Author(s): Meijer SA, Sinnema G, Bijstra JO, Mellenbergh GJ, Wolters WH, Meijer SA, Sinnema G, Bijstra JO, Mellenbergh GJ, Wolters WH
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Abstract Behavioural, cognitive, and affective aspects of social functioning of 107 children with a chronic illness were studied. The aim of the study was twofold: (1) to describe peer interaction of children with a chronic illness in comparison with normative data of healthy children; (2) to examine whether peer interaction was related to the illness characteristics physical restrictions and pain. Peer interaction was assessed with measures of social activities (CBCL), parent-reported social skills (CABS), child-reported social skills (MESSY), social self-esteem (SPPC), and social anxiety (SASK). Results showed no differences between diagnosis groups, suggesting that the social consequences of chronic illness are not diagnosis specific. Compared with healthy norms, chronically ill children reported less aggressive behaviour. The parent-report measures suggested a similar trend. Children with chronic illness also tended to display more submissive behaviour than healthy norms, as perceived by their parents. With regard to illness characteristics, both physical restrictions and pain were associated with restricted social activities, but not with other measures of social peer interaction. Children who display submissive behaviour and children who are restricted in their social activities should receive extra attention because they are especially vulnerable for problems in their social development.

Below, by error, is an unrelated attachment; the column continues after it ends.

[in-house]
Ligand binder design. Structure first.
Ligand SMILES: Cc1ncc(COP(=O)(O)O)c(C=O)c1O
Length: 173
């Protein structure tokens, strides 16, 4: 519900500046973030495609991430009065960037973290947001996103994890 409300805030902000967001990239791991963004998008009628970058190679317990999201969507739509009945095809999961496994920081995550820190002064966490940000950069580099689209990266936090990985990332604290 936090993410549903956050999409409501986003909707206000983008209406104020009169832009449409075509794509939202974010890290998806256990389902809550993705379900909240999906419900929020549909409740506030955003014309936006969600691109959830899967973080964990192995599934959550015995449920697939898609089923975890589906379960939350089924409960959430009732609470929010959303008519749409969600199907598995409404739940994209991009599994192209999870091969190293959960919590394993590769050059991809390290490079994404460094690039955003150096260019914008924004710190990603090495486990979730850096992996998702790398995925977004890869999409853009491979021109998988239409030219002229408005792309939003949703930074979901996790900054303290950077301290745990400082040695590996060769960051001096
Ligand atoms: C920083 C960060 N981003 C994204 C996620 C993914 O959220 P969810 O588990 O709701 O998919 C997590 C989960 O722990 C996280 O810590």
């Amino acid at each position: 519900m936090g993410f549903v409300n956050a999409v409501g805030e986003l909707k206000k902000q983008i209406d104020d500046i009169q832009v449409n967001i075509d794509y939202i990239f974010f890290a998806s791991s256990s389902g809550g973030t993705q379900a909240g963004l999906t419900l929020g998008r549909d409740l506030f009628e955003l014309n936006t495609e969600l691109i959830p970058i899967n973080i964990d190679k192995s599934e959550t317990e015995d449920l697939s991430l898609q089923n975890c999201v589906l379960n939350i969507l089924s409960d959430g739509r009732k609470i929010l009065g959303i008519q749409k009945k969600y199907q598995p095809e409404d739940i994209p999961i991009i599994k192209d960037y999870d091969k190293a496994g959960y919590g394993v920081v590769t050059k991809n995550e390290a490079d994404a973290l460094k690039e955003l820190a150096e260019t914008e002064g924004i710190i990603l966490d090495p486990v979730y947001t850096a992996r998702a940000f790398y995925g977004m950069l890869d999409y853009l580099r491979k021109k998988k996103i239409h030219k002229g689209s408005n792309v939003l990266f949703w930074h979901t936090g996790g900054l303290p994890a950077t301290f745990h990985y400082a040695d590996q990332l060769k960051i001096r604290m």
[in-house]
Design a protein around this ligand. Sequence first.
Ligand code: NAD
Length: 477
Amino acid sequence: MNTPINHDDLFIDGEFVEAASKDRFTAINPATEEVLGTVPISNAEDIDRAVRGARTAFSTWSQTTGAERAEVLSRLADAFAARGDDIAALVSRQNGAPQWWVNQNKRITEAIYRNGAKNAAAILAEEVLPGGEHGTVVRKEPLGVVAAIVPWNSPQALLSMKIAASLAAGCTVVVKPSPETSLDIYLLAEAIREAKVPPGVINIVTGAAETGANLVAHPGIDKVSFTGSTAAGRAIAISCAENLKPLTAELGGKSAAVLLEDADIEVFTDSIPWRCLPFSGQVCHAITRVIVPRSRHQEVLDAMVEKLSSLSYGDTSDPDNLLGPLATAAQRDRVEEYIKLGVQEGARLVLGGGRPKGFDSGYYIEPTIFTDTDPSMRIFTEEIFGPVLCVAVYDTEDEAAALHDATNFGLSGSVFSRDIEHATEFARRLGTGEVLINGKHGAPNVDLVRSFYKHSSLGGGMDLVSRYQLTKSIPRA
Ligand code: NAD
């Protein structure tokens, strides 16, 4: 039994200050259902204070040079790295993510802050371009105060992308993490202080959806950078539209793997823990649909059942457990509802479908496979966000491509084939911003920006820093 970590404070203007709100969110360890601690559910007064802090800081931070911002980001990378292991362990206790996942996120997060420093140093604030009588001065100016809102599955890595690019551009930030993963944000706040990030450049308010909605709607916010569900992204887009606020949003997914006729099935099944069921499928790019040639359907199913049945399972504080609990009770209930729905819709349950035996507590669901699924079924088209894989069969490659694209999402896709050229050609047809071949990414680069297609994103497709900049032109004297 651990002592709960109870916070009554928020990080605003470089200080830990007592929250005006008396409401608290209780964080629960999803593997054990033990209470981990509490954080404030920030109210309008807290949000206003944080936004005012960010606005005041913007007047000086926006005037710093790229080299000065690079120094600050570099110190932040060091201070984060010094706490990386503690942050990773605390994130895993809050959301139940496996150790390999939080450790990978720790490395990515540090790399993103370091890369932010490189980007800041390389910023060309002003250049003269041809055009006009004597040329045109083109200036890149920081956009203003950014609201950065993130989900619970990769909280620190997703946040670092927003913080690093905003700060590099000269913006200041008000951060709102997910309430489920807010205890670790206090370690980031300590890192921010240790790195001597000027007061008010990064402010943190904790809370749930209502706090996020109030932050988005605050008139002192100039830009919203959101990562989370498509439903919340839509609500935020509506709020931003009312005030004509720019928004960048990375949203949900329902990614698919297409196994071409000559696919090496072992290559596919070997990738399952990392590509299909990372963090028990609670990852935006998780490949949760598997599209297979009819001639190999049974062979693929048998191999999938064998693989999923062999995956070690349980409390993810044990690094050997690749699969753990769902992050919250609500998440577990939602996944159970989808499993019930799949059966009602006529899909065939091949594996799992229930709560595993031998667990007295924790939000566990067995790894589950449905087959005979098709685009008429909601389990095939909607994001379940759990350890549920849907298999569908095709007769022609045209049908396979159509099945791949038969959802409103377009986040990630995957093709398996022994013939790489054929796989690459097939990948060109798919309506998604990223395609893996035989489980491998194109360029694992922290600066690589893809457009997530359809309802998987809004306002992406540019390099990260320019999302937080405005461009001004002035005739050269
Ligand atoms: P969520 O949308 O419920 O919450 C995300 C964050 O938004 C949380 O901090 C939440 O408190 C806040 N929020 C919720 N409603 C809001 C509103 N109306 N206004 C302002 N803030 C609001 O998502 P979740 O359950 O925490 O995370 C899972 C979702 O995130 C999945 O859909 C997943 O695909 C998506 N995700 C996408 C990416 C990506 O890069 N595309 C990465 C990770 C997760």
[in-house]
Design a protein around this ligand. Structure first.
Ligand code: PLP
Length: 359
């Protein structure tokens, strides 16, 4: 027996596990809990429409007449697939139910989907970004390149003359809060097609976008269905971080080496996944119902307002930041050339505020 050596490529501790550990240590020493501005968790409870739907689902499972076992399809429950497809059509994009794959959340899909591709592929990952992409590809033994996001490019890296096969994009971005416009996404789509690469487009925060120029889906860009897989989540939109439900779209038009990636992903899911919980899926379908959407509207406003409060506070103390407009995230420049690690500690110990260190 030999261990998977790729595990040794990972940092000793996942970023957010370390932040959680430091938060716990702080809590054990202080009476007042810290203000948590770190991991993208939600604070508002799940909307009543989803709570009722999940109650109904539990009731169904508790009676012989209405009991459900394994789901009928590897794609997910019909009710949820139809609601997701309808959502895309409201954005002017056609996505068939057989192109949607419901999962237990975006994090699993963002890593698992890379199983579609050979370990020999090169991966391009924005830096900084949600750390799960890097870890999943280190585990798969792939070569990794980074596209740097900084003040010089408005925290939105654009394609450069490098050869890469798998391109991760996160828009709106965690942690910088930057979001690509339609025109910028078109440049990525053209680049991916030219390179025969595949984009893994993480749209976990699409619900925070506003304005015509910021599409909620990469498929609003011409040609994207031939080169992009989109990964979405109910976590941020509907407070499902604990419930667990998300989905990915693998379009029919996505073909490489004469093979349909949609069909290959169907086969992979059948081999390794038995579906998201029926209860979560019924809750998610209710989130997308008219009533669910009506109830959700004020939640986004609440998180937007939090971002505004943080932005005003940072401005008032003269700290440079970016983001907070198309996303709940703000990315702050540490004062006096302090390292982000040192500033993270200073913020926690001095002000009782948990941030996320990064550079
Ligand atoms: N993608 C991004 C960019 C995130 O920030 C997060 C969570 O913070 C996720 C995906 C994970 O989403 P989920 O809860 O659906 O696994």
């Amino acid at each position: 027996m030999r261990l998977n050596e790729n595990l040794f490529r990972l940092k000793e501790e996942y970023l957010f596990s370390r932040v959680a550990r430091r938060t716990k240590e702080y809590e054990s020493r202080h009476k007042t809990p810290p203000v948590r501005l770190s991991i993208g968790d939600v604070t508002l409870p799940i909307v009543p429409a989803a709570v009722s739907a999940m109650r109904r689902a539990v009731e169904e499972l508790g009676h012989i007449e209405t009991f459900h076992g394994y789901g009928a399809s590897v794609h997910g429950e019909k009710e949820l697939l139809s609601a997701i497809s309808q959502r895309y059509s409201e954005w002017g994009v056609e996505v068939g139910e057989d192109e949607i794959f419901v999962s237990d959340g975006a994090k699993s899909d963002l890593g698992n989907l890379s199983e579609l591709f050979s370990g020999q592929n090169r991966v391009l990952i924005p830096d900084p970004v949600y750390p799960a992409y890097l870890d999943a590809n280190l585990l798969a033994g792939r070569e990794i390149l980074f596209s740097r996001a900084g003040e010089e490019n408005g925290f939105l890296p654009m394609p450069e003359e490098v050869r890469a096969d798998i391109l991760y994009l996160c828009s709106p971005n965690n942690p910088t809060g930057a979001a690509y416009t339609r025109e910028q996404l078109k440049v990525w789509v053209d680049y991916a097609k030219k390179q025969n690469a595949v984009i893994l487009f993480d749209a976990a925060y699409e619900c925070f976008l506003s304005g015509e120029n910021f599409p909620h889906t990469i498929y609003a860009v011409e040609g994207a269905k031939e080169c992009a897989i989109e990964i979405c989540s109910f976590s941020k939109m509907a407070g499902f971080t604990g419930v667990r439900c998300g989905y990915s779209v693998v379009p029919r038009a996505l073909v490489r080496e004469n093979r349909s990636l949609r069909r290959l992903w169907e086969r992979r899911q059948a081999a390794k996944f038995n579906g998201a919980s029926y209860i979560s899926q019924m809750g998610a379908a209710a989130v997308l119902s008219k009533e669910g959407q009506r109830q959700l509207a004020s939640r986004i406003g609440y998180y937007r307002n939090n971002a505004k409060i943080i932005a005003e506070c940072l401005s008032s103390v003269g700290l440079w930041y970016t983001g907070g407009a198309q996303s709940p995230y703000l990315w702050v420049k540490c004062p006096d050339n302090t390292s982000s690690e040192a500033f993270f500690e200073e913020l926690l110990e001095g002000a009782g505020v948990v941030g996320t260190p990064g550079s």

This article was published in J Child Psychol Psychiatry
and referenced in Journal of Child and Adolescent Behavior